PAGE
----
For Mark Roberts’ Use: Throughout the busy holiday season, Congress and the new tax plan remained hot topics in the news. Yes, they did finally reach an agreement, and our income tax structure will undergo a significant renovation. It can often be difficult to ascertain exactly how these events will play out for individuals, but here is what we know so far.
Brackets and percentage rates. Despite speculations to the contrary, we ended up keeping the current number of income brackets (seven, to be exact). However, the taxation rates have fallen just slightly. The bottom bracket remains at a tax rate of 10 percent, but has grown to include more taxpayers. The top bracket (income over $500,000 annually, or $600,000 for married couples filing jointly) has seen its taxation rate drop slightly, from 39.6 percent to 37 percent.
These brackets and rates will remain in effect until 2025.
New standard deductions. Approximately 70 percent of taxpayers elect to use their standard deductions, with 30 percent itemizing their returns. Theoretically, we might now see more choosing to take the standard deductions, as they have been nearly doubled from previous amounts.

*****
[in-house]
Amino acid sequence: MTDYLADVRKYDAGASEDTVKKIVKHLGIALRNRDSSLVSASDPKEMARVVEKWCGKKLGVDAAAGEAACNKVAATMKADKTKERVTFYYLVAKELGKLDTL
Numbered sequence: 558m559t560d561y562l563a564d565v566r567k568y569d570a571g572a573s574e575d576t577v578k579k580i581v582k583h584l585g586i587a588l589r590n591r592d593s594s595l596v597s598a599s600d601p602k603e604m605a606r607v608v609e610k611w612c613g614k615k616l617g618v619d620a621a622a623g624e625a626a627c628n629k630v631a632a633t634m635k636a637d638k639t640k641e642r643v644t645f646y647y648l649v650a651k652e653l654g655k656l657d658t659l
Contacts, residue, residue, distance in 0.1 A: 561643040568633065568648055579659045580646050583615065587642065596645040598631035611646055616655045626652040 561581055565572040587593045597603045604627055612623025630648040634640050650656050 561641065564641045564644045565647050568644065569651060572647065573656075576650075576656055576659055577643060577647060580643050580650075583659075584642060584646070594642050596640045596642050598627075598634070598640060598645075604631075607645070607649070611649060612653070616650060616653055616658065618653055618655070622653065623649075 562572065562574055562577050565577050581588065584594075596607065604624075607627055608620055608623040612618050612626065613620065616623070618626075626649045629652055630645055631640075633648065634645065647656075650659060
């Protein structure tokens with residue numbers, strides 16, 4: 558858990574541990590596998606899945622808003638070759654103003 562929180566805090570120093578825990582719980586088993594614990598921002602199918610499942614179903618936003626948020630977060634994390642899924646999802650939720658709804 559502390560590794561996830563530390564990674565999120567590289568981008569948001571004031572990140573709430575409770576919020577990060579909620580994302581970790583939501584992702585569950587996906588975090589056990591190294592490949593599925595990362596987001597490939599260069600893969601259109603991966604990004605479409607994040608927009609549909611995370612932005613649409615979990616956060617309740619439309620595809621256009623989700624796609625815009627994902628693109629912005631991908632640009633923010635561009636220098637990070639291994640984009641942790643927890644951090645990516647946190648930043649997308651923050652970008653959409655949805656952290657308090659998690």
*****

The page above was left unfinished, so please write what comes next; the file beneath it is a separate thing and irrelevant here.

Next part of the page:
- The standard deduction for single taxpayers was increased from $6,350 to $12,000
- The standard deduction for married taxpayers, filing jointly, was boosted from $12,700 to #24,000
- The standard deduction for heads of household grew from $9,350 to $18,000
Many deductions have changed. The new tax law eliminates or reduces some common tax deductions, while increasing others. The most frequently used ones include:
- The deduction for local or state taxes, such as property taxes, has been limited to $10,000
- The medical expense deduction, previously limited to amounts in excess of 10 percent of gross income, has been expanded to include expenses beyond 7.5 percent of gross income
- Certain deductions, like those related to tax preparation, investment fees, and job expenses like transportation and moving costs, have been eliminated
Now, more than ever, it becomes important to work closely with your tax professional throughout the year. If you’re planning to utilize any specific deductions next year, check on their status before making big decisions.
The deduction for contributions to qualified retirement plans still stands. So, stay in contact with us, and let’s work to ensure that you reap the maximum tax benefit in 2